Which would you rather have – women's rights or freedom of speech? For the crowd standing outside the Ecuadorian Embassy, listening to various venerable activists give rousing speeches, that's the choice that seems to have been placed before the international left in the person of Julian Paul Assange.
When the WikiLeaks founder finally appeared on the balcony, he praised those present for their courage, and nobody mentioned his being wanted for questioning in Sweden on alleged counts of rape and sexual assault.
For Assange and his supporters, his persecution by Interpol has nothing to do with that, and everything to do with his release of confidential diplomatic cables and videos showing the US Army gunning down unarmed civilians and independent journalists in Iraq.
The idea that Assange cannot be prosecuted for charges related to a sexual assault without being prosecuted for charges related to exposing diplomatic secrets is one that the government of the United States is trying very hard to make reality. It is in their interests to ensure that Assange's army of supporters cannot defend WikiLeaks without also being seen to defend his sexual conduct, whatever the truth of the case.
"The allegations are beyond pathetic and ridiculous," said Andreas Kohl, a 17-year-old German-American WikiLeaks supporter. "It's about freedom of speech, and there is absolutely no evidence of him committing anything that would be remotely considered rape." This is the message that idealistic young men all over the world are learning from this case: governments need to be held to account, independent journalism is powerful, and women lie about rape.
"It's something that can just happen, you know," said Bradford MP George Galloway, commenting on the case and defending the right of men everywhere not to have to ask "prior to each insertion".
Interestingly enough, "something that can just happen" is almost exactly how the United States describes collateral slaughter in Iraq. It's unfortunate, but it happens, and the victims were probably dressed unwisely. Paradoxically, in a case that is supposed to be all about radical transparency, the precise legal issues and possible charges at play in Assange's extradition are murky and misunderstood by practically everyone without access to every email chain. What charges is he facing, or are they just allegations, and does that matter before he crosses the Swedish border? Was it rape or just, in Galloway's delicate phraseology, "bad sexual etiquette"? Can he really be legally extradited to the United States if he goes to Sweden? Nobody in the crowd outside the embassy seemed sure of the facts.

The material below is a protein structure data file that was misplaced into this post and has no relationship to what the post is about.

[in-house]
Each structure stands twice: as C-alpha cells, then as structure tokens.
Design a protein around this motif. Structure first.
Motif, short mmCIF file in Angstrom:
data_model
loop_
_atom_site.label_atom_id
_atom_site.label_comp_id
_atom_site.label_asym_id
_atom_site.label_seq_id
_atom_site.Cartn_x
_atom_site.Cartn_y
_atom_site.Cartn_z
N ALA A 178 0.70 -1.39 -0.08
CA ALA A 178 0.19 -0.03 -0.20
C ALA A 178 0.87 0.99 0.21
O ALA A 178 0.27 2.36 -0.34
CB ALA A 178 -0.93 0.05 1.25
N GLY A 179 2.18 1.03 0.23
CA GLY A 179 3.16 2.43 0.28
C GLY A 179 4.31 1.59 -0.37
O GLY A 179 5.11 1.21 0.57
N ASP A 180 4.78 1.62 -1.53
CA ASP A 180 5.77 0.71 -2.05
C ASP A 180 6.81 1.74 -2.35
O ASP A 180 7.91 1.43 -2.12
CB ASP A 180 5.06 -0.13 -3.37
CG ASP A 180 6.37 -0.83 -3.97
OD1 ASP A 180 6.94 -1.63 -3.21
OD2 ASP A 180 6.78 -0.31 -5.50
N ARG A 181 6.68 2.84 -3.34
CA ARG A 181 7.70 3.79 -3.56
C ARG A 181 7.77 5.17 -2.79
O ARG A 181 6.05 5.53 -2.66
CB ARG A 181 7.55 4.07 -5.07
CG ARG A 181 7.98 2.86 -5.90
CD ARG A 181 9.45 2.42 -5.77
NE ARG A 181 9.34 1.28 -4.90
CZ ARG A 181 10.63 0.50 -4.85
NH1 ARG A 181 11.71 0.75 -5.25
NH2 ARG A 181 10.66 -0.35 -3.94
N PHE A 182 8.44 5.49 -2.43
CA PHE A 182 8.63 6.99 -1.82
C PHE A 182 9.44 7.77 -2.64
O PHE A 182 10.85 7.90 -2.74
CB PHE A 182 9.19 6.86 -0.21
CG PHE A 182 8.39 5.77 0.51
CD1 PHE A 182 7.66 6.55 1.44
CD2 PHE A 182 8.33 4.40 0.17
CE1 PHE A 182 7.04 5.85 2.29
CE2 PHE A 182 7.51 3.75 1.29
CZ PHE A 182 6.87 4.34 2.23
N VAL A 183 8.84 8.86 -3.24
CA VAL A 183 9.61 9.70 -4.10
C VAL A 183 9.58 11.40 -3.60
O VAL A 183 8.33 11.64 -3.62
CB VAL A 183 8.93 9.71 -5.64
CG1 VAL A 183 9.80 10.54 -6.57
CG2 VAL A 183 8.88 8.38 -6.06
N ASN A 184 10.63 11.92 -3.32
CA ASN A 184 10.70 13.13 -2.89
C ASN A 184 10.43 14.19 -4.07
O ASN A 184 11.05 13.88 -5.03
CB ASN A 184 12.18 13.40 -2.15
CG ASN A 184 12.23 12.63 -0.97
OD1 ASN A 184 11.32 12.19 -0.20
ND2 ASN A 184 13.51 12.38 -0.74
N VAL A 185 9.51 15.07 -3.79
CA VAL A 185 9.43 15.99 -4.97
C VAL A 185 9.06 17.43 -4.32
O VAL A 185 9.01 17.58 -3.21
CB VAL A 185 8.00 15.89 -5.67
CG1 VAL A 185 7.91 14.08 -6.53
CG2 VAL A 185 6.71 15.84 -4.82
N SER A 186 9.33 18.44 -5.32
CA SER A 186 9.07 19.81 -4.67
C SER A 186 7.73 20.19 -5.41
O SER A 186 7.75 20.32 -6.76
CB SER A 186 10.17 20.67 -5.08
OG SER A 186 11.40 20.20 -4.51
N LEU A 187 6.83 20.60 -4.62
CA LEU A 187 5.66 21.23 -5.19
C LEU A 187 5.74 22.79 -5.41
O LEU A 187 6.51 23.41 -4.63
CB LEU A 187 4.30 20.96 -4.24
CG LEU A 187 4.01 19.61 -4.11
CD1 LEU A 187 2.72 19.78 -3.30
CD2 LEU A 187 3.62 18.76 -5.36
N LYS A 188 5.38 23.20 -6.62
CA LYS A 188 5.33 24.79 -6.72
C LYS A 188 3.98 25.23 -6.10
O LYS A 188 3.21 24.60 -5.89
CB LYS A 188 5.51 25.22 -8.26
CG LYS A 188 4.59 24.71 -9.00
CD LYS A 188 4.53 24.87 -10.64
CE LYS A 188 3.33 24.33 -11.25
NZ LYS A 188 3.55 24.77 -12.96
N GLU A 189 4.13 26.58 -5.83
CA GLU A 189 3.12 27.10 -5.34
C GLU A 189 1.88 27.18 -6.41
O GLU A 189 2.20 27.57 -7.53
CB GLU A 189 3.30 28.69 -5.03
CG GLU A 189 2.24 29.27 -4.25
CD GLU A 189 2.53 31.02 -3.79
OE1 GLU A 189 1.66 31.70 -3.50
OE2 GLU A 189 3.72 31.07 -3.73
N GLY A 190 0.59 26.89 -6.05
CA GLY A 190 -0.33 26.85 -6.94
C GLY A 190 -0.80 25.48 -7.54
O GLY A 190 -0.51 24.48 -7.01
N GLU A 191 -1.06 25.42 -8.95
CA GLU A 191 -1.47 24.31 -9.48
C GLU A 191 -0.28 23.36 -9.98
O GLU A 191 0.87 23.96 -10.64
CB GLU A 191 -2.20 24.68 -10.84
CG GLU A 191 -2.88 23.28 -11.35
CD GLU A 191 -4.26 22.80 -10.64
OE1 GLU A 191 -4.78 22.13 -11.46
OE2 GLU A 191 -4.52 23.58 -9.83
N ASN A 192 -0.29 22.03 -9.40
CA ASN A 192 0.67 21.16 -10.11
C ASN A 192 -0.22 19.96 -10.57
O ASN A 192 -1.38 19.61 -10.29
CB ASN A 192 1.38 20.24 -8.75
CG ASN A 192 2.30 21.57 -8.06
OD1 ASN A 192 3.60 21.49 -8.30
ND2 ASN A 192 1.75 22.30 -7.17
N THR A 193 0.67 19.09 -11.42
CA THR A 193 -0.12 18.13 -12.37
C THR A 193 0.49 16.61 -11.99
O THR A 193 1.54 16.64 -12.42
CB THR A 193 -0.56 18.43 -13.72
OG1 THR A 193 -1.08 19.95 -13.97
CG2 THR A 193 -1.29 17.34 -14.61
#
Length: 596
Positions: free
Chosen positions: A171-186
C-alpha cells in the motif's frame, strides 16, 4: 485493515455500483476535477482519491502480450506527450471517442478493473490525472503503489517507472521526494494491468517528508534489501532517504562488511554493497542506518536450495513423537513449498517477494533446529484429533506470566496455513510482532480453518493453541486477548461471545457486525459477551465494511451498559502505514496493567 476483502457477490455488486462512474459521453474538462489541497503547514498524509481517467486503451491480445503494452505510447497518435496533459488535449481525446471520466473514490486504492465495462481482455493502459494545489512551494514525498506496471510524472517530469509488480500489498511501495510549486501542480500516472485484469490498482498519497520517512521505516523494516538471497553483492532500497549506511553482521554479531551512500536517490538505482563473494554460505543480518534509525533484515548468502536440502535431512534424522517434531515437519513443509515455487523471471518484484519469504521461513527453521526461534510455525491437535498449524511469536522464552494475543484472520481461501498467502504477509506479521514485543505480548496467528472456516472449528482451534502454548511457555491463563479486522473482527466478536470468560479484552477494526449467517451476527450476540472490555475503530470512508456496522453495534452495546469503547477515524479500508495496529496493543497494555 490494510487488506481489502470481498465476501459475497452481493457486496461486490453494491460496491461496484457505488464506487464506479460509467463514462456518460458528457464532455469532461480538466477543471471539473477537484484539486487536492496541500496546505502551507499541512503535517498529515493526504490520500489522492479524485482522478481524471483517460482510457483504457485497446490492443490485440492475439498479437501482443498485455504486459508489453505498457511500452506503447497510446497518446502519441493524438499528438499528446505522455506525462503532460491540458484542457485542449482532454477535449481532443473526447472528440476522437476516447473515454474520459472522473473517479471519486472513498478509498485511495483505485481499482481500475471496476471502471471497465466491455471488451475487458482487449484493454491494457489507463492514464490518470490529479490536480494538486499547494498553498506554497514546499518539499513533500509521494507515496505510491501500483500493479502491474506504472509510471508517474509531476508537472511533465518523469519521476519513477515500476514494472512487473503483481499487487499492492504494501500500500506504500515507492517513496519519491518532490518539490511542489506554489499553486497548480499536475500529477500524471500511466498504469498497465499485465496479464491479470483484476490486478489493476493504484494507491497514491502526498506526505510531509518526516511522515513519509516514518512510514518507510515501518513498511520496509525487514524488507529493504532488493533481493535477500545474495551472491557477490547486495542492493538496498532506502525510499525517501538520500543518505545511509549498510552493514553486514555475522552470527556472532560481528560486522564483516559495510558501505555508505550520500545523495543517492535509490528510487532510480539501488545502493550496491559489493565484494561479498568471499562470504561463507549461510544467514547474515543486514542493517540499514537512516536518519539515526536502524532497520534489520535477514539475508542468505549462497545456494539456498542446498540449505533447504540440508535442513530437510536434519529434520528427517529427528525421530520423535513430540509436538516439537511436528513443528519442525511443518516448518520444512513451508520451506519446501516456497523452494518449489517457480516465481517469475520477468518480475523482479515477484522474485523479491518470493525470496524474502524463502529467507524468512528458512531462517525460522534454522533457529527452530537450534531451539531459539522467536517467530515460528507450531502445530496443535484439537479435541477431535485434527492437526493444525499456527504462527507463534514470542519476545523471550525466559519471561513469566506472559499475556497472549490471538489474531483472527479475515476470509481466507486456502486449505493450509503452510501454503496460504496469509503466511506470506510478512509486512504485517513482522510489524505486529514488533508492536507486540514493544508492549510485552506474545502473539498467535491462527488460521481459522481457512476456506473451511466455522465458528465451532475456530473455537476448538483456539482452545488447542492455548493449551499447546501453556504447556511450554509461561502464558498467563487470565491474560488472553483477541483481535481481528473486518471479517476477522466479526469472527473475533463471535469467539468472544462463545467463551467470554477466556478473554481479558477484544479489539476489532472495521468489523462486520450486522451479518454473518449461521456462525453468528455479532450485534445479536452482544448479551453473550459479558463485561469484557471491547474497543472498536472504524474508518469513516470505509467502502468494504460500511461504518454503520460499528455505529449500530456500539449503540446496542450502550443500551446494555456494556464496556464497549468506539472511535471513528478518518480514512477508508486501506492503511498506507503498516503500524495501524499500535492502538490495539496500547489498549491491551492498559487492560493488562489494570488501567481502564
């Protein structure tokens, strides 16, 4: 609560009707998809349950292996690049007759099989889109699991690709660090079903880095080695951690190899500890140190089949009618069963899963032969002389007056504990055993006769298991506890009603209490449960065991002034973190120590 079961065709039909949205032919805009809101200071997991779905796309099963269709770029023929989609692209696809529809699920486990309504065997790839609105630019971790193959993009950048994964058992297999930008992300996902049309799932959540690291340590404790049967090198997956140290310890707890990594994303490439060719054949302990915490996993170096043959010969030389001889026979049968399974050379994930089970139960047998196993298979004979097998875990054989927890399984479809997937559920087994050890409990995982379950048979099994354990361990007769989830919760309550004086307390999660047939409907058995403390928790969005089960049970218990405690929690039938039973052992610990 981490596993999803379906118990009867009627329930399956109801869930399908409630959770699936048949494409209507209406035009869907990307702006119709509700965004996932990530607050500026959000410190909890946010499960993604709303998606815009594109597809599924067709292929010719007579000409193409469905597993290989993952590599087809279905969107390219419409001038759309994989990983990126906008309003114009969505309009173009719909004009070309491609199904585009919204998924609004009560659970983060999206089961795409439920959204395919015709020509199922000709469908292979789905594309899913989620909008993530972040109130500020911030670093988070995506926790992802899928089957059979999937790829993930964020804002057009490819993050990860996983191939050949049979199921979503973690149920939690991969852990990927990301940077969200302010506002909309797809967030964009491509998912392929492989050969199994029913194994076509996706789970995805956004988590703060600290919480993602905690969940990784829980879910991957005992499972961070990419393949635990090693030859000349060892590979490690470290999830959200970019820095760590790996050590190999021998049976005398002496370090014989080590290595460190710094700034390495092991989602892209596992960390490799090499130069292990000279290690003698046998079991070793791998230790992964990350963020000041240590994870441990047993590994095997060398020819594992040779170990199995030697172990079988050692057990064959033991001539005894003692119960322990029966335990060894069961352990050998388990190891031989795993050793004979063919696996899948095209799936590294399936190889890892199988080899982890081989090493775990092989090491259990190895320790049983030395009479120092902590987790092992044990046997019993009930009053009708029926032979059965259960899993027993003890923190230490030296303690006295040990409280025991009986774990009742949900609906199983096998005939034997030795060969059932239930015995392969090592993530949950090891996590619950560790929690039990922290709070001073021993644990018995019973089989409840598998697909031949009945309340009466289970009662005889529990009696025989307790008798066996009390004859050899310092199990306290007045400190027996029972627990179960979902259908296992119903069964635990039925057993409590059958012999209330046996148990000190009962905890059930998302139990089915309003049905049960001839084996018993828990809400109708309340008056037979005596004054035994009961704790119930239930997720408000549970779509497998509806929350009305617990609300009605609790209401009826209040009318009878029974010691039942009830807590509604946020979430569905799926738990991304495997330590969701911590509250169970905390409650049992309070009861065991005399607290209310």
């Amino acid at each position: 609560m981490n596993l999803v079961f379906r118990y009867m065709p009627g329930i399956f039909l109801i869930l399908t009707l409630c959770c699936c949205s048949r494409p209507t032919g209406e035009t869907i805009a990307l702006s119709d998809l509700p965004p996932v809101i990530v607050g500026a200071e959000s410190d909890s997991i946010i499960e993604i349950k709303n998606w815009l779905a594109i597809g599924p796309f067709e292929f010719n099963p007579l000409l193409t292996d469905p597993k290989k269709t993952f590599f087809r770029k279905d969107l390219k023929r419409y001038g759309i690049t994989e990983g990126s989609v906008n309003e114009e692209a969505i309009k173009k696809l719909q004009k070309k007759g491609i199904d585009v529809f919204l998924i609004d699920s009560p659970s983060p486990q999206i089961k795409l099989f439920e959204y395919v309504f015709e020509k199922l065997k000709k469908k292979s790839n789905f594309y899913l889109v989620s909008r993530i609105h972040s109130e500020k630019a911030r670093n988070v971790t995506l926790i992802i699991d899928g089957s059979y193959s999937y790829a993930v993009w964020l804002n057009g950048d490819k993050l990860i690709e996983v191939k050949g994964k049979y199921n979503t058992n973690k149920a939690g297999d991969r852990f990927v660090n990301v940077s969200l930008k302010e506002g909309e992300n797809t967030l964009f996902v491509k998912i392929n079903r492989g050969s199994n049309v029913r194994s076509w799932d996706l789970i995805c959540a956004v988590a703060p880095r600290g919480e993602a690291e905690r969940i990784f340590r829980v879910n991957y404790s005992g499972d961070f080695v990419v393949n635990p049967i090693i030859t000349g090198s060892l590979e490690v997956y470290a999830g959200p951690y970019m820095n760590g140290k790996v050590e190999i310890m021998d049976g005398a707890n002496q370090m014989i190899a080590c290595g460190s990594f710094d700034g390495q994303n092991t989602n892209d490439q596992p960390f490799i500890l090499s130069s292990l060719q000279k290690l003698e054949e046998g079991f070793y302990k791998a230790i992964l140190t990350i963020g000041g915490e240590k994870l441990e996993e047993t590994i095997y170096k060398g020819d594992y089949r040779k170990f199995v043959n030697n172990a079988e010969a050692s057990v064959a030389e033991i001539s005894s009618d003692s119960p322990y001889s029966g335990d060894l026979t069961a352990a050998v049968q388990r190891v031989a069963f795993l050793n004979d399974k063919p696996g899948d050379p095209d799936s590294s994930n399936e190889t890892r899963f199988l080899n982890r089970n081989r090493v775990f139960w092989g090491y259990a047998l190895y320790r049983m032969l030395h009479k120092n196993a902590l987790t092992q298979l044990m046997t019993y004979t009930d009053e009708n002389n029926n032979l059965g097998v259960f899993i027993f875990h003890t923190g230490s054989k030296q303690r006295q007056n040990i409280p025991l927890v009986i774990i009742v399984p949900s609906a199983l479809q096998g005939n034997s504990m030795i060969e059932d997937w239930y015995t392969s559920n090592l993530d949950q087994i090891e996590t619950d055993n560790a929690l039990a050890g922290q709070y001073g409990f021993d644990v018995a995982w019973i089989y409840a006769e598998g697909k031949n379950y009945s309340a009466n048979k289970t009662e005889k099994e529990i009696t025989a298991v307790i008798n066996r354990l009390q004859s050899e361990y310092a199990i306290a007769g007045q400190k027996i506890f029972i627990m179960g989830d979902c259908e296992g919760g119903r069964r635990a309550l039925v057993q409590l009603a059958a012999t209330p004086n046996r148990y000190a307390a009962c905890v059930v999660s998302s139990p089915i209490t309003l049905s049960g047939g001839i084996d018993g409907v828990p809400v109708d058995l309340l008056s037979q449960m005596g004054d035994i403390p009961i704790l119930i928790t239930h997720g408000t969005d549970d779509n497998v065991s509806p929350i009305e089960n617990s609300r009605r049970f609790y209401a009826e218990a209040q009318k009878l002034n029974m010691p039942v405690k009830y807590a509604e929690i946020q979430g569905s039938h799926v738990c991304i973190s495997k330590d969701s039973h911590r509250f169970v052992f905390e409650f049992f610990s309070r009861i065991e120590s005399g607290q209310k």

Let's be clear here: nobody should have to stifle one set of principles in order to allow another to live. If you choose to do so, that's a matter for your conscience. For myself, I believe in freedom of speech, and in the power of journalism– it's what I do for a living. I believe that governments need to be made to answer for pursuing profit in the name of peace and massacring thousands in the name of security. I believe in ending the age of secrecy, and I believe that the United States currently seeks to prevent that by pursuing and prosecuting hackers, whistle-blowers and journalists across the world. And I also believe women.